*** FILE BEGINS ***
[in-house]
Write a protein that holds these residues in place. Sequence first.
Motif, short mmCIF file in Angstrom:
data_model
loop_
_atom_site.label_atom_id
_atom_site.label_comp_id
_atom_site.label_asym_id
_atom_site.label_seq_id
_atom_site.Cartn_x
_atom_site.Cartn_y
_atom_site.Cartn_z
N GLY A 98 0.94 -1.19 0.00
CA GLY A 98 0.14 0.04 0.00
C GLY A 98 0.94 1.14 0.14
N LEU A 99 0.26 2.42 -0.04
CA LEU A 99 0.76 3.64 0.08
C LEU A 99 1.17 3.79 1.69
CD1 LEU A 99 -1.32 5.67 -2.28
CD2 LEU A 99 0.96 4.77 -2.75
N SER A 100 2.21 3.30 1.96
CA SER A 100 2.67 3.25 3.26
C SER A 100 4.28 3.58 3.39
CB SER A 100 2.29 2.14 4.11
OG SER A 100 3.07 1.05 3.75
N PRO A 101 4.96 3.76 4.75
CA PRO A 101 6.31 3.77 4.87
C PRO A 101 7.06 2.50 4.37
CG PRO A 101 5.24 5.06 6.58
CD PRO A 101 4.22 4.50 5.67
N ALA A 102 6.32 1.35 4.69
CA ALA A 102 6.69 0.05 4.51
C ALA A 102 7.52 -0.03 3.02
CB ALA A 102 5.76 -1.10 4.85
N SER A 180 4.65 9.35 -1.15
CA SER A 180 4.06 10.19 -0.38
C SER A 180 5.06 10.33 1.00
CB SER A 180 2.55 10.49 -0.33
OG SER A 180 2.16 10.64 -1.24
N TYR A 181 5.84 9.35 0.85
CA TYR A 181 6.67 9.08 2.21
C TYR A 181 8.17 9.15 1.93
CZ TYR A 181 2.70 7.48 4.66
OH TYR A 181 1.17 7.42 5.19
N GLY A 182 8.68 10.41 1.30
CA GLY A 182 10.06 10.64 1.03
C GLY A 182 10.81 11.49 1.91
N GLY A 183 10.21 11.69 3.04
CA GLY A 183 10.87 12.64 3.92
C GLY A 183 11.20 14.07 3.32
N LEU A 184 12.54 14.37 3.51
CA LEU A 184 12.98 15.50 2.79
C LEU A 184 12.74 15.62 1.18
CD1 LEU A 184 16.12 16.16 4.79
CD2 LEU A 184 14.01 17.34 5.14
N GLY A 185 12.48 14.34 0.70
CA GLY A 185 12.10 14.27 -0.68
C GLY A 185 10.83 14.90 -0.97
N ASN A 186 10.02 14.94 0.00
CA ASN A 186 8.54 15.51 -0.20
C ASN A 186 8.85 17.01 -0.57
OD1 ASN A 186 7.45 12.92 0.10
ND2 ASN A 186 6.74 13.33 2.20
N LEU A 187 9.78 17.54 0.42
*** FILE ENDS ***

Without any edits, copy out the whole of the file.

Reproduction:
[in-house]
Write a protein that holds these residues in place. Sequence first.
Motif, short mmCIF file in Angstrom:
data_model
loop_
_atom_site.label_atom_id
_atom_site.label_comp_id
_atom_site.label_asym_id
_atom_site.label_seq_id
_atom_site.Cartn_x
_atom_site.Cartn_y
_atom_site.Cartn_z
N GLY A 98 0.94 -1.19 0.00
CA GLY A 98 0.14 0.04 0.00
C GLY A 98 0.94 1.14 0.14
N LEU A 99 0.26 2.42 -0.04
CA LEU A 99 0.76 3.64 0.08
C LEU A 99 1.17 3.79 1.69
CD1 LEU A 99 -1.32 5.67 -2.28
CD2 LEU A 99 0.96 4.77 -2.75
N SER A 100 2.21 3.30 1.96
CA SER A 100 2.67 3.25 3.26
C SER A 100 4.28 3.58 3.39
CB SER A 100 2.29 2.14 4.11
OG SER A 100 3.07 1.05 3.75
N PRO A 101 4.96 3.76 4.75
CA PRO A 101 6.31 3.77 4.87
C PRO A 101 7.06 2.50 4.37
CG PRO A 101 5.24 5.06 6.58
CD PRO A 101 4.22 4.50 5.67
N ALA A 102 6.32 1.35 4.69
CA ALA A 102 6.69 0.05 4.51
C ALA A 102 7.52 -0.03 3.02
CB ALA A 102 5.76 -1.10 4.85
N SER A 180 4.65 9.35 -1.15
CA SER A 180 4.06 10.19 -0.38
C SER A 180 5.06 10.33 1.00
CB SER A 180 2.55 10.49 -0.33
OG SER A 180 2.16 10.64 -1.24
N TYR A 181 5.84 9.35 0.85
CA TYR A 181 6.67 9.08 2.21
C TYR A 181 8.17 9.15 1.93
CZ TYR A 181 2.70 7.48 4.66
OH TYR A 181 1.17 7.42 5.19
N GLY A 182 8.68 10.41 1.30
CA GLY A 182 10.06 10.64 1.03
C GLY A 182 10.81 11.49 1.91
N GLY A 183 10.21 11.69 3.04
CA GLY A 183 10.87 12.64 3.92
C GLY A 183 11.20 14.07 3.32
N LEU A 184 12.54 14.37 3.51
CA LEU A 184 12.98 15.50 2.79
C LEU A 184 12.74 15.62 1.18
CD1 LEU A 184 16.12 16.16 4.79
CD2 LEU A 184 14.01 17.34 5.14
N GLY A 185 12.48 14.34 0.70
CA GLY A 185 12.10 14.27 -0.68
C GLY A 185 10.83 14.90 -0.97
N ASN A 186 10.02 14.94 0.00
CA ASN A 186 8.54 15.51 -0.20
C ASN A 186 8.85 17.01 -0.57
OD1 ASN A 186 7.45 12.92 0.10
ND2 ASN A 186 6.74 13.33 2.20
N LEU A 187 9.78 17.54 0.42